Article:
From the modalina link and peterlewis' earlier post, it would seem that non-combat tekkou are thought of as "fingerless gloves" and that fingerless gloves (in the English sense) are called open-finger gloves (オープンフィンガーグローブ) in Japan. However, looking for the second term only turns up results about grappling gloves so I could be mistaken.
Quote from zarlan
you say based on what?
Based on the fact that they are almost exclusively worn by women. Of course there's nothing to prevent someone from drawing a man wearing one, but I think to claim the gloves are unisex would be like seeing a drawing of a man wearing a dress and then assuming dresses are unisex.

Edit:
Fingerless gloves (in the English sense) are also referred to as fingerless gloves in Japan (フィンガーレスグローブ).

Last edited by saltylettuce at 1:20 pm, Jan 21

Post #788300 - Reply to (#788297) by saltylettuce
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3:03 pm, Jan 21 2021
Posts: 337


Quote from saltylettuce
The modalina.jp links work. It's just that from the way links are formatted, clicking it from baiyang's post adds an extra bracket at the end in the address bar.

Quite true. Thanks
Quote
From the modalina link and peterlewis' earlier post, it would seem that non-combat tekkou are thought of as "fingerless gloves" and that fingerless gloves (in the English sense) are called open-finger gloves (オープンフィンガーグローブ) in Japan.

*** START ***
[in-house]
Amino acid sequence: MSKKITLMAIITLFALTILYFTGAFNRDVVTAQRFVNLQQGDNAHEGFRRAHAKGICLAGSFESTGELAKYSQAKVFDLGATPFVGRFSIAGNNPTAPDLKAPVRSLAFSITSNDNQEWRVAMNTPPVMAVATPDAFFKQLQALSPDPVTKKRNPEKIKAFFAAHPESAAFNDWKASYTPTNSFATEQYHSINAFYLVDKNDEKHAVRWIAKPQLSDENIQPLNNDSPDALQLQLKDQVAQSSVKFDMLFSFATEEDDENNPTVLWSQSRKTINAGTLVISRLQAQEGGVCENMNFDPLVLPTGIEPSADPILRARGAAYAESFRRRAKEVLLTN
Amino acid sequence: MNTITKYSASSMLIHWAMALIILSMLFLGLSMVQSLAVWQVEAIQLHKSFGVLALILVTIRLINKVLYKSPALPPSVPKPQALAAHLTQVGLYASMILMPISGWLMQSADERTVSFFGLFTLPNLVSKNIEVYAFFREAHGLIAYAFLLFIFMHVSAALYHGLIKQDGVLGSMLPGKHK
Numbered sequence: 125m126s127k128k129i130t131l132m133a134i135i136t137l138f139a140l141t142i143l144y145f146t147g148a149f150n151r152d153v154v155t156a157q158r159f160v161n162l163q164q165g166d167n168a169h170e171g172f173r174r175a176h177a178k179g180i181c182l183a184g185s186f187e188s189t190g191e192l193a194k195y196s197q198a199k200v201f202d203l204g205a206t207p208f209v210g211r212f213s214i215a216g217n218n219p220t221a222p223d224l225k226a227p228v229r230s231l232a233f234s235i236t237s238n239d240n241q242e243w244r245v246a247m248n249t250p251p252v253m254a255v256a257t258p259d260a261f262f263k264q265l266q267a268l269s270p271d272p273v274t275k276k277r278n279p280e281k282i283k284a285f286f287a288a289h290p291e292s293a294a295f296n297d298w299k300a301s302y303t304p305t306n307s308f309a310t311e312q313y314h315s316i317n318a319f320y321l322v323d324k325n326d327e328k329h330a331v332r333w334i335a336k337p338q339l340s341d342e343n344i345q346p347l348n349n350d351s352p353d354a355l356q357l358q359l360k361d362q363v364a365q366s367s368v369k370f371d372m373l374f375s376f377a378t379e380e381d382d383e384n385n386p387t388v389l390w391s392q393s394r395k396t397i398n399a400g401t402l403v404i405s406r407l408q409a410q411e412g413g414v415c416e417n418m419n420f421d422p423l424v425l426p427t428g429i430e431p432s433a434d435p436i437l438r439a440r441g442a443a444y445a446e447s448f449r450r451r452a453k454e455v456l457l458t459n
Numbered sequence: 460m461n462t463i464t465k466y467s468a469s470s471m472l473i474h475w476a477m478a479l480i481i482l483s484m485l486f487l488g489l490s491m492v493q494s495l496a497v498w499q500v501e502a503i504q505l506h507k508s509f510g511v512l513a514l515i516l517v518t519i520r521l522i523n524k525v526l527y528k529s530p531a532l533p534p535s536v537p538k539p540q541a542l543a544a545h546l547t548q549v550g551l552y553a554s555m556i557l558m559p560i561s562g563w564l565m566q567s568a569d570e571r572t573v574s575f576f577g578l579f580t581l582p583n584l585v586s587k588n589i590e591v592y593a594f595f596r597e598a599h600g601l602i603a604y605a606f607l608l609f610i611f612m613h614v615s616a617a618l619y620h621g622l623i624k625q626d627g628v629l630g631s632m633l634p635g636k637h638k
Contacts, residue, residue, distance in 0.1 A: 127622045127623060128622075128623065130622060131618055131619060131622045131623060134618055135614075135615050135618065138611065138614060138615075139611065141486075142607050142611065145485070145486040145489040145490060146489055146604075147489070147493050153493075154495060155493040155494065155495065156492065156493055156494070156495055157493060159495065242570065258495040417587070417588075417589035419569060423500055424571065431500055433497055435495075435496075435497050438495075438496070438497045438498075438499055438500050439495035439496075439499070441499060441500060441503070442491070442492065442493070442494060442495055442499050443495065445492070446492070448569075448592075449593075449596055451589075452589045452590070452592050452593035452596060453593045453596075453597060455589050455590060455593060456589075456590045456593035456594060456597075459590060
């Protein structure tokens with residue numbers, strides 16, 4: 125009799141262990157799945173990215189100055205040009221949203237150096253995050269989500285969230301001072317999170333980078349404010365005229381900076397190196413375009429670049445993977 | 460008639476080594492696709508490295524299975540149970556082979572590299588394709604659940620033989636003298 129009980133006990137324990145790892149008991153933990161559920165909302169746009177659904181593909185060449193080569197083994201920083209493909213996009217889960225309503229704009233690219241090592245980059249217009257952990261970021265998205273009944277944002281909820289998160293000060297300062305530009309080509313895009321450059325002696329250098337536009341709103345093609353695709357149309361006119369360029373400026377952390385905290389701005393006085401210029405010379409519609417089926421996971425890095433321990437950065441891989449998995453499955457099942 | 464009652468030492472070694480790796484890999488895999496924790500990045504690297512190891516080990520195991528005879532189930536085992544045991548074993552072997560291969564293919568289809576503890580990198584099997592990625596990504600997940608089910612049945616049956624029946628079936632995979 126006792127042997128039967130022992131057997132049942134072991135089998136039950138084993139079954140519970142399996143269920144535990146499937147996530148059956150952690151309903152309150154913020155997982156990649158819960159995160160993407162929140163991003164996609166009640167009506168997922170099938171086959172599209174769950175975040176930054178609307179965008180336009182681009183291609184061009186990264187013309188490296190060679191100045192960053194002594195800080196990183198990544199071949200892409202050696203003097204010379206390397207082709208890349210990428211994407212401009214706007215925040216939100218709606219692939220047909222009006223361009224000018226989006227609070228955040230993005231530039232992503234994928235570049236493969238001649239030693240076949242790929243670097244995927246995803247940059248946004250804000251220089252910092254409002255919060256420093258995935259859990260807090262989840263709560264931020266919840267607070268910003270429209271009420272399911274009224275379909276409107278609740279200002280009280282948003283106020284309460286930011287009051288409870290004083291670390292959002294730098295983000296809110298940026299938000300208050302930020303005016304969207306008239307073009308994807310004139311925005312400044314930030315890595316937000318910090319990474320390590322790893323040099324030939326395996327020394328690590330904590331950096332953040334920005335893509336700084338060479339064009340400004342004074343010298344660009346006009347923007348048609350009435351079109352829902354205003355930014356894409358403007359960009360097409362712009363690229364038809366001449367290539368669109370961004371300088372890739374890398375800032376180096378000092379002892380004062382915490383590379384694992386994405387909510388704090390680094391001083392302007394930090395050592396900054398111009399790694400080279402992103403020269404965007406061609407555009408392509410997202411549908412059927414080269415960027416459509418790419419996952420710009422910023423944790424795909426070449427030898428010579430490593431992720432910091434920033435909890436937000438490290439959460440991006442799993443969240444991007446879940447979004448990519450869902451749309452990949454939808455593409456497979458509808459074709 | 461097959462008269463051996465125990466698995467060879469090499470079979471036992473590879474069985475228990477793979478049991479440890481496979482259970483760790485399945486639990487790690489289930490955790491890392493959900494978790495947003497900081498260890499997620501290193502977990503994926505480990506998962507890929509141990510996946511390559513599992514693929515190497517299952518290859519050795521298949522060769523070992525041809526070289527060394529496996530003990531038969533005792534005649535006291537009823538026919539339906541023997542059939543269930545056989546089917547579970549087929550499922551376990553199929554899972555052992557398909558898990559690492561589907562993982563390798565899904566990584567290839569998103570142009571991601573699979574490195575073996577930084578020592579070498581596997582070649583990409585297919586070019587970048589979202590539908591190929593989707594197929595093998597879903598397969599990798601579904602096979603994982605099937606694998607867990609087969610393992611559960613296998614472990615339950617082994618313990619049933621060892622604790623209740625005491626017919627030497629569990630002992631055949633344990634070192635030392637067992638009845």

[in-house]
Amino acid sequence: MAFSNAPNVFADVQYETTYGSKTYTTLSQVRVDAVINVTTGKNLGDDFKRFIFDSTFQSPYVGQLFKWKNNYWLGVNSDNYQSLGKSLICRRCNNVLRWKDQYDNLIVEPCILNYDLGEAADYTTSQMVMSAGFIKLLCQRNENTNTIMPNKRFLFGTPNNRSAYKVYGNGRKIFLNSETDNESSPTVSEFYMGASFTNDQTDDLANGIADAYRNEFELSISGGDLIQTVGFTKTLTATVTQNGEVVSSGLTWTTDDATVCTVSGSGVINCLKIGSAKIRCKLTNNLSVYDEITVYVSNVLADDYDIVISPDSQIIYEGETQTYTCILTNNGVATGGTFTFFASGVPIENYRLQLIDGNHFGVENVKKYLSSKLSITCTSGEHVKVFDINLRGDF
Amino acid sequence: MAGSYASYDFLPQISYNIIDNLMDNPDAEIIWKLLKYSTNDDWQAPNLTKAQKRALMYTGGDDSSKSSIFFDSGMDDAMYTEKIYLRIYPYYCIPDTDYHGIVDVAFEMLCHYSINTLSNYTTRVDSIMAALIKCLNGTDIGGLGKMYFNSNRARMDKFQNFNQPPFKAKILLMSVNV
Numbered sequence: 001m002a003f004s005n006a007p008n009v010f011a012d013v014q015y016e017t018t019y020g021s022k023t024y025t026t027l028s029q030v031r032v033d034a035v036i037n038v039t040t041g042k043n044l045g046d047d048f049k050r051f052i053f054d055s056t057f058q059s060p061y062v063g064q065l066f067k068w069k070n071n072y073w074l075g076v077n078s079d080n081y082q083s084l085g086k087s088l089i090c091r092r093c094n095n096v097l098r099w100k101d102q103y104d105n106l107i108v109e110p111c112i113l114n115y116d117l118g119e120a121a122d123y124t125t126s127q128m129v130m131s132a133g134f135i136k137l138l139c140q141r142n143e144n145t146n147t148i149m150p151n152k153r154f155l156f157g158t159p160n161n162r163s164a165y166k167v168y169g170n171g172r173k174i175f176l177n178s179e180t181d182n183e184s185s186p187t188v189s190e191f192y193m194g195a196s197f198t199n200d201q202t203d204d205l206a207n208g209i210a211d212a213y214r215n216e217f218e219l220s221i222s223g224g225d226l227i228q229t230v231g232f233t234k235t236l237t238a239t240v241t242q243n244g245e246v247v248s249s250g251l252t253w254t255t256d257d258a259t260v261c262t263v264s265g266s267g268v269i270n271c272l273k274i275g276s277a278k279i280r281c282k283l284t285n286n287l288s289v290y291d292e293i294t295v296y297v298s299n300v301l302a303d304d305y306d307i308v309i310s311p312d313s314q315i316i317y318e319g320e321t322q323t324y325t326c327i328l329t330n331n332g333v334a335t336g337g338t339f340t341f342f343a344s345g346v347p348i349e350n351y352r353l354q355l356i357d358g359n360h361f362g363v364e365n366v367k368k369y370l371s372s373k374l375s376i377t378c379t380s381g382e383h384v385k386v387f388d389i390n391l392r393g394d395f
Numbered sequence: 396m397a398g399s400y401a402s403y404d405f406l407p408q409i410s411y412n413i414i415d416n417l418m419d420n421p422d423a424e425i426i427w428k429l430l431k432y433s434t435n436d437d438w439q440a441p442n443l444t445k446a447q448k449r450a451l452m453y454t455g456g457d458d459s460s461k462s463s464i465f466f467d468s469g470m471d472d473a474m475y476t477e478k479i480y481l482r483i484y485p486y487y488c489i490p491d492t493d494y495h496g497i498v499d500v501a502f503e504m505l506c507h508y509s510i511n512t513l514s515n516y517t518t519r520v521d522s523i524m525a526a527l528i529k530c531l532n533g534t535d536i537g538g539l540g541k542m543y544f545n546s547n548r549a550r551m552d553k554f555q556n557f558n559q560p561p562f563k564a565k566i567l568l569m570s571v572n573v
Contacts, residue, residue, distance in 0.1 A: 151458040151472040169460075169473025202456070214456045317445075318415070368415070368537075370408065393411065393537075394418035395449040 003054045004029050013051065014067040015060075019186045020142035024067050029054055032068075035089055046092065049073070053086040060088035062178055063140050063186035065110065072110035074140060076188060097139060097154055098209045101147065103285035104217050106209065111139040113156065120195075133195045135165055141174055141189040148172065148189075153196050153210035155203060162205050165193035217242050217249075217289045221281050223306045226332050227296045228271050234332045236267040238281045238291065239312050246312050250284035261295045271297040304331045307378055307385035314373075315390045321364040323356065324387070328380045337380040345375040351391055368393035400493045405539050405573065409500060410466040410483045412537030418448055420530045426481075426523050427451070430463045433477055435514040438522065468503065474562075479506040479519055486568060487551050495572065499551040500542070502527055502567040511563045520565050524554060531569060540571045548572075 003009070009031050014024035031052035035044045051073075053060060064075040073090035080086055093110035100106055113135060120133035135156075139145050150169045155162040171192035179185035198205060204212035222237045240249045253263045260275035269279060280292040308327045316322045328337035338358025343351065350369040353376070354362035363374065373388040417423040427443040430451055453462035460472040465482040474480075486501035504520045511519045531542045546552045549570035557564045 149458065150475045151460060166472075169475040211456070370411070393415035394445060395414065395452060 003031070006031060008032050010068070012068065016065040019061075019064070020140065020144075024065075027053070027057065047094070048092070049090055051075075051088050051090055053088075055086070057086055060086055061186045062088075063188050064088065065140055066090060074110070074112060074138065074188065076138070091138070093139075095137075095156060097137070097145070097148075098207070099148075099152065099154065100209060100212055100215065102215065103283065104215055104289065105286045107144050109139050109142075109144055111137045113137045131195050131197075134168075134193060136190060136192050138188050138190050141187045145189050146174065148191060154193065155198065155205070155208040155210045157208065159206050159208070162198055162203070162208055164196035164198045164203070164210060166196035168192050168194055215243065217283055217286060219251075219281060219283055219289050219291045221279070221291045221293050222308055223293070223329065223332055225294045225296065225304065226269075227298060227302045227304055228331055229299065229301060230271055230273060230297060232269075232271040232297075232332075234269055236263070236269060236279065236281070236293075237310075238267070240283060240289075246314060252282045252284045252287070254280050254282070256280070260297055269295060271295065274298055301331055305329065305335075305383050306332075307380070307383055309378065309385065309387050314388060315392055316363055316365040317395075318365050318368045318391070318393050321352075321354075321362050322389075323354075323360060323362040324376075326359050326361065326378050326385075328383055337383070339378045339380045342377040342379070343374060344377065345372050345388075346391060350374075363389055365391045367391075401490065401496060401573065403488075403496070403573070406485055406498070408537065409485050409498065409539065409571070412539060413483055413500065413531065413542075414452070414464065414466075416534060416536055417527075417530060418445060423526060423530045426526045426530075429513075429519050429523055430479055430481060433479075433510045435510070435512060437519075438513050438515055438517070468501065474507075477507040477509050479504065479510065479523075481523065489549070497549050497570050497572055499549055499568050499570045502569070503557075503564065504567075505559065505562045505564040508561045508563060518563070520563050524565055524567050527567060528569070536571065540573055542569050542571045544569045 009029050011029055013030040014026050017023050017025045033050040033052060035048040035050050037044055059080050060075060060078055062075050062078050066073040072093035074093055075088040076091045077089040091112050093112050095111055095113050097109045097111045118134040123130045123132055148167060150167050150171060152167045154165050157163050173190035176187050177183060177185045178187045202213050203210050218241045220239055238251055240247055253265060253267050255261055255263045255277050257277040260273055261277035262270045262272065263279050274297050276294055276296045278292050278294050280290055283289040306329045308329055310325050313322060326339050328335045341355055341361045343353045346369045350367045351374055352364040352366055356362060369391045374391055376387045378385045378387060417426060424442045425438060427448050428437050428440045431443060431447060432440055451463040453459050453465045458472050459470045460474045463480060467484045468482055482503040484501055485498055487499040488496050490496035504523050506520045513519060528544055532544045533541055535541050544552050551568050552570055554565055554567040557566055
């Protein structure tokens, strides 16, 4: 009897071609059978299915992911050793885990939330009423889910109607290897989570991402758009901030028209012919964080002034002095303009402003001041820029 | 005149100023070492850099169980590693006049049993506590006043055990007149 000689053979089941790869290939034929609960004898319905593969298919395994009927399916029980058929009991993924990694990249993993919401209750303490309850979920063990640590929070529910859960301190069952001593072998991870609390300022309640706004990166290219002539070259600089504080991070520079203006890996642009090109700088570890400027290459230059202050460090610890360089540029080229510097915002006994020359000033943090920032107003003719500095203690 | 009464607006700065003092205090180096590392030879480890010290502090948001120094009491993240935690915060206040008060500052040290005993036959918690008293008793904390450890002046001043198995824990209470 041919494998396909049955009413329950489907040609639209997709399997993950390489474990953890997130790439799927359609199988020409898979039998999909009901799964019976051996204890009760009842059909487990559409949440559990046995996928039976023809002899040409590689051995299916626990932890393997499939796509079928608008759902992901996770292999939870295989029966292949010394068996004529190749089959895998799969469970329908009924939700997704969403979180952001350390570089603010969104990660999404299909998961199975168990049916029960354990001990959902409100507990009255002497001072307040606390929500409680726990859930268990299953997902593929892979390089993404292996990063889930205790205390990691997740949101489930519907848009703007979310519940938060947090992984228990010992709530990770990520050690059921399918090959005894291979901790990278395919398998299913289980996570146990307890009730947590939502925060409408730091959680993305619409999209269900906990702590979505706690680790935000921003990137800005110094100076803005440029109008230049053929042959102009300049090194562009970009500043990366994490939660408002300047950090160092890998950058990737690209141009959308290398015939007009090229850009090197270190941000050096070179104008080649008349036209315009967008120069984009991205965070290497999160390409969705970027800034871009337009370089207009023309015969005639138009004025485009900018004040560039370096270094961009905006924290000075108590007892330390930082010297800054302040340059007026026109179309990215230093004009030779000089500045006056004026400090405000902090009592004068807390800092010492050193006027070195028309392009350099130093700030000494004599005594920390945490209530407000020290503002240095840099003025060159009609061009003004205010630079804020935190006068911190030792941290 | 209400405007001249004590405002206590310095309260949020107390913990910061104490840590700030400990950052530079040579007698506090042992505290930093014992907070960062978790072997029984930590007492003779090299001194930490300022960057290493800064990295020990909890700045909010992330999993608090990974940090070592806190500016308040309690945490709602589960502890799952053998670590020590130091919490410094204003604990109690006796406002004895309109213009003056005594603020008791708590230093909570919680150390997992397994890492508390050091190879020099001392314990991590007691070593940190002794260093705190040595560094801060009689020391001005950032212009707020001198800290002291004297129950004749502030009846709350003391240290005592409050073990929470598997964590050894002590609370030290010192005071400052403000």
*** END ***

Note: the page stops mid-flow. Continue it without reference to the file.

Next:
One random Japanese shop, isn't a reliable source for what something is called in English (the Japanese are hardly known for their English ability)
…nor is just one random Japanese shop, proof that it's called オープンフィンガーグローブ in Japanese. (or Engrish/Wasei-eigo) Hell, that shop may have just made that term up, themselves, with no one else using it. The fact that a type of martial arts glove is called that, also counts as evidence (though not proof) against the notion that the term is used for the garment in question.
Quote
Based on the fact that they are almost exclusively worn by women

They aren't.
At all.
Worn a bit more by women, perhaps, but…
…and no, none of the instances of men wearing the garment, is sign of them being in any way effeminate or wearing women's clothing. It is them wearing the garment, like it's perfectly normal for them to wear it.